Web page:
Trudeau to commit $1.28 billion toward major Montreal transit project
Prime Minister Justin Trudeau shakes hands with Montreal Mayor Denis Coderre prior to their meeting, Thursday, May 4, 2017 in Montreal. THE CANADIAN PRESS/Paul Chiasson
OTTAWA -- Prime Minister Justin Trudeau will announce a $1.28-billion commitment Thursday toward a major Montreal rail project that will connect the city to its suburbs and to its international airport, sources say.
Trudeau will make the transit announcement at the city's central station where he will be joined by Quebec Premier Philippe Couillard, Montreal Mayor Denis Coderre and Michael Sabia, the head of the province's public pension fund manager.
A federal source told The Canadian Press that while the dollar amount behind the commitment will be firm, there are a couple of possibilities when it comes to how it will ultimately roll out.
The investment will either come in the form of a grant-type investment via Ottawa's infrastructure-funding agreement with Quebec or possibly through the Trudeau government's proposed infrastructure bank.
The $35-billion infrastructure bank is designed to use public funds as a way to leverage billions more from private investors to pay for new, large-scale projects, such as rail lines, bridges and transit systems. Ottawa hopes the bank's funds will lure three or four times that amount from the private sector.
The government source, who was not authorized to speak publicly on the matter, said in many ways the $5.5-billion Montreal transit proposal fits prerequisites the bank will be looking for when it evaluates projects.
But the decision whether to approve any project will be left up to officials at the infrastructure bank officials, the source added.
However, the Liberal government has said that in order to protect the interests of Canadians, the Trudeau cabinet will have the power to refuse projects that receive a green light from the bank.
In January 2015, the Quebec government and the province's public pension fund manager announced the agreement to build the electric light-rail network.
The Quebec government had been calling on the federal government to provide at least $1 billion toward the Montreal rail project, which also received financing from the provincial pension fund.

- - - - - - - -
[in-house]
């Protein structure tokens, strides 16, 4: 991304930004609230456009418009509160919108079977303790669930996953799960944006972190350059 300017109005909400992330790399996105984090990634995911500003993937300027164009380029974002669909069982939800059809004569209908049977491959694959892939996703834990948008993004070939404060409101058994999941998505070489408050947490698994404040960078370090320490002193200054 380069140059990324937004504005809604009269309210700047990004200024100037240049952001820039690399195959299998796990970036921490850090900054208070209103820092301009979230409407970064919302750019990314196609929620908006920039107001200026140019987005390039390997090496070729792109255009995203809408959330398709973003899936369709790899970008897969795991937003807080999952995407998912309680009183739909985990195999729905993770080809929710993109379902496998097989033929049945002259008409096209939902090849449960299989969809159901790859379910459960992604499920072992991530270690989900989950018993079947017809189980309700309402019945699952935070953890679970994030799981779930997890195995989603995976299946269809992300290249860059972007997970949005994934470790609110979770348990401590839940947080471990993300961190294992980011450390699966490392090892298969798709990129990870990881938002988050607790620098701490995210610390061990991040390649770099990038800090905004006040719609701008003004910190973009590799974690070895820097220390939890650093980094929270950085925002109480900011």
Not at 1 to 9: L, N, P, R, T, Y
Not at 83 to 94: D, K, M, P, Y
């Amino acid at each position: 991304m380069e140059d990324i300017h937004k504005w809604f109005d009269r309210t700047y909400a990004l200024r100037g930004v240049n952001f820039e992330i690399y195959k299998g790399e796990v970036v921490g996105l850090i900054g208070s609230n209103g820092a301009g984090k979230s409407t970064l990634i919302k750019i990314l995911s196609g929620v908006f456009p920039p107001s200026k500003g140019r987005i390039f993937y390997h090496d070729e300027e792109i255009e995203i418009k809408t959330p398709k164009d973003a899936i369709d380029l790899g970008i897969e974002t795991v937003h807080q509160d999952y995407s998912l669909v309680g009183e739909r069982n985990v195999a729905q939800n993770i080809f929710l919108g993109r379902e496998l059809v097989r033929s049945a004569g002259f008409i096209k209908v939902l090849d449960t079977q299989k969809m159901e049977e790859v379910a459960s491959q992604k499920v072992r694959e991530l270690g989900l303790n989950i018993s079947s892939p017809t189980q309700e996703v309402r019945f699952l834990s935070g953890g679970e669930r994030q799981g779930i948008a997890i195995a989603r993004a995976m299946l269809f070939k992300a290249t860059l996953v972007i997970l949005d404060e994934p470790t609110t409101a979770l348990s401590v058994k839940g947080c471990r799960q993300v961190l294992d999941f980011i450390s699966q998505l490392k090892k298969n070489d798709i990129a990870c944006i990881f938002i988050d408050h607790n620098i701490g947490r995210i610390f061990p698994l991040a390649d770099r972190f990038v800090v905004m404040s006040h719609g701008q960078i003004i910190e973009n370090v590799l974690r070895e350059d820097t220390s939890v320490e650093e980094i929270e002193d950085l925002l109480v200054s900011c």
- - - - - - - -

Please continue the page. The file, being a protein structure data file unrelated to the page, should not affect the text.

As a way to lift the economy, the federal government has committed to invest about $186 billion into infrastructure across Canada over the next 11 years.
The Liberals say the infrastructure bank is a critical component of their infrastructure plan.
However, the bank has faced considerable criticism related to concerns over how it would be governed and the level of risk it could put on the backs of taxpayers.
Some opponents have also warned the Crown corporation will likely force Canadians to pay twice for their infrastructure -- first through the public treasury and then through user fees.
The Liberals argue the major projects that will be funded through the bank would otherwise be too expensive for governments and too risky for private companies to handle alone.
"We know that looking at innovative ways to build the kind of infrastructure that Canadians need is really important to the present and the future of our country," Trudeau said Tuesday.
"That's why we put forward a strong plan on infrastructure, which includes the infrastructure bank."
Finance Minister Bill Morneau has said the bank would ensure the government would take on a smaller role while more of the risk would be shifted to private investors, who would absorb the majority of any cost overruns.
Morneau has also argued the bank would create less risk for taxpayers than if the feds shouldered the financial burden for projects on its own.